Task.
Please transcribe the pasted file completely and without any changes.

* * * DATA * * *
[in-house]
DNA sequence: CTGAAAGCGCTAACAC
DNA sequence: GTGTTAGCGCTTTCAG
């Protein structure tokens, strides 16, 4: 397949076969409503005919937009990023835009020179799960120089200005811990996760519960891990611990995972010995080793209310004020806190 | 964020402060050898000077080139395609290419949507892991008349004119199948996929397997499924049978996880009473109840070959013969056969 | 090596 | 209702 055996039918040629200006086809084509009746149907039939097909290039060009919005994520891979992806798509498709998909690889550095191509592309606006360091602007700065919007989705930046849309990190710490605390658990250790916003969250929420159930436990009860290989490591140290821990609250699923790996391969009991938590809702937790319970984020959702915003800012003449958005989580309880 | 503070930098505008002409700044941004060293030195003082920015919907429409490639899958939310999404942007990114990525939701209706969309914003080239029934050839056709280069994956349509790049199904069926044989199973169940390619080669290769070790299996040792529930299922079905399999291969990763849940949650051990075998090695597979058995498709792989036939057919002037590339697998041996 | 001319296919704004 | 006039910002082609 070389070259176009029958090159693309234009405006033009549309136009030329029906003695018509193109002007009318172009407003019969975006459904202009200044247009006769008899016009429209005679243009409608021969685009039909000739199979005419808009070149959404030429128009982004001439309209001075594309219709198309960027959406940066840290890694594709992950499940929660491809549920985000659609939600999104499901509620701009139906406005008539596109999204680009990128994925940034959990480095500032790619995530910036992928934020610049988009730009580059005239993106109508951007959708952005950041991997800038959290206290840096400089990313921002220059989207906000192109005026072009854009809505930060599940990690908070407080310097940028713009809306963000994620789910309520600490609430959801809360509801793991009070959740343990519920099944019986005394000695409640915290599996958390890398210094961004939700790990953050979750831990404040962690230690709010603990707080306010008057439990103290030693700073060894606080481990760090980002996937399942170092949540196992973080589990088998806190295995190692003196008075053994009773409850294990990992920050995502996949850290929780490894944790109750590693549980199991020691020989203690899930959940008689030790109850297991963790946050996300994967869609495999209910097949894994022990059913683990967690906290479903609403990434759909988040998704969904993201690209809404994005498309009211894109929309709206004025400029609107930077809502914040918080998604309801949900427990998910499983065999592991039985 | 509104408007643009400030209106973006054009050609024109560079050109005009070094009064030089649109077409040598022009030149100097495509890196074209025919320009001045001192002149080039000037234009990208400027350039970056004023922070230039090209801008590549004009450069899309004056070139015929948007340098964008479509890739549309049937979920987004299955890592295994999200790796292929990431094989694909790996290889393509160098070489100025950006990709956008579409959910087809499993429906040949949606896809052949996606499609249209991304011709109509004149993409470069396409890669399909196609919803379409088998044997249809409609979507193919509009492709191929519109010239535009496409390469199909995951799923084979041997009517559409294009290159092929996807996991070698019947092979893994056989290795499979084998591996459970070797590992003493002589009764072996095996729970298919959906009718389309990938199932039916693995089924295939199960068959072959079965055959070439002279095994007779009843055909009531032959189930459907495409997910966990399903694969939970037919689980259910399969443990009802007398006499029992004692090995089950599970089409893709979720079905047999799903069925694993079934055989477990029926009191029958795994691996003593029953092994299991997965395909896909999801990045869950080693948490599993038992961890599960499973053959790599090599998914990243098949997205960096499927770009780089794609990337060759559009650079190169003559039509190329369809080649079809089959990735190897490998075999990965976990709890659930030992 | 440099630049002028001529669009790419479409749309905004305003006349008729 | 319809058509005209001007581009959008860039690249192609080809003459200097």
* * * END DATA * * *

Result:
[in-house]
DNA sequence: CTGAAAGCGCTAACAC
DNA sequence: GTGTTAGCGCTTTCAG
């Protein structure tokens, strides 16, 4: 397949076969409503005919937009990023835009020179799960120089200005811990996760519960891990611990995972010995080793209310004020806190 | 964020402060050898000077080139395609290419949507892991008349004119199948996929397997499924049978996880009473109840070959013969056969 | 090596 | 209702 055996039918040629200006086809084509009746149907039939097909290039060009919005994520891979992806798509498709998909690889550095191509592309606006360091602007700065919007989705930046849309990190710490605390658990250790916003969250929420159930436990009860290989490591140290821990609250699923790996391969009991938590809702937790319970984020959702915003800012003449958005989580309880 | 503070930098505008002409700044941004060293030195003082920015919907429409490639899958939310999404942007990114990525939701209706969309914003080239029934050839056709280069994956349509790049199904069926044989199973169940390619080669290769070790299996040792529930299922079905399999291969990763849940949650051990075998090695597979058995498709792989036939057919002037590339697998041996 | 001319296919704004 | 006039910002082609 070389070259176009029958090159693309234009405006033009549309136009030329029906003695018509193109002007009318172009407003019969975006459904202009200044247009006769008899016009429209005679243009409608021969685009039909000739199979005419808009070149959404030429128009982004001439309209001075594309219709198309960027959406940066840290890694594709992950499940929660491809549920985000659609939600999104499901509620701009139906406005008539596109999204680009990128994925940034959990480095500032790619995530910036992928934020610049988009730009580059005239993106109508951007959708952005950041991997800038959290206290840096400089990313921002220059989207906000192109005026072009854009809505930060599940990690908070407080310097940028713009809306963000994620789910309520600490609430959801809360509801793991009070959740343990519920099944019986005394000695409640915290599996958390890398210094961004939700790990953050979750831990404040962690230690709010603990707080306010008057439990103290030693700073060894606080481990760090980002996937399942170092949540196992973080589990088998806190295995190692003196008075053994009773409850294990990992920050995502996949850290929780490894944790109750590693549980199991020691020989203690899930959940008689030790109850297991963790946050996300994967869609495999209910097949894994022990059913683990967690906290479903609403990434759909988040998704969904993201690209809404994005498309009211894109929309709206004025400029609107930077809502914040918080998604309801949900427990998910499983065999592991039985 | 509104408007643009400030209106973006054009050609024109560079050109005009070094009064030089649109077409040598022009030149100097495509890196074209025919320009001045001192002149080039000037234009990208400027350039970056004023922070230039090209801008590549004009450069899309004056070139015929948007340098964008479509890739549309049937979920987004299955890592295994999200790796292929990431094989694909790996290889393509160098070489100025950006990709956008579409959910087809499993429906040949949606896809052949996606499609249209991304011709109509004149993409470069396409890669399909196609919803379409088998044997249809409609979507193919509009492709191929519109010239535009496409390469199909995951799923084979041997009517559409294009290159092929996807996991070698019947092979893994056989290795499979084998591996459970070797590992003493002589009764072996095996729970298919959906009718389309990938199932039916693995089924295939199960068959072959079965055959070439002279095994007779009843055909009531032959189930459907495409997910966990399903694969939970037919689980259910399969443990009802007398006499029992004692090995089950599970089409893709979720079905047999799903069925694993079934055989477990029926009191029958795994691996003593029953092994299991997965395909896909999801990045869950080693948490599993038992961890599960499973053959790599090599998914990243098949997205960096499927770009780089794609990337060759559009650079190169003559039509190329369809080649079809089959990735190897490998075999990965976990709890659930030992 | 440099630049002028001529669009790419479409749309905004305003006349008729 | 319809058509005209001007581009959008860039690249192609080809003459200097």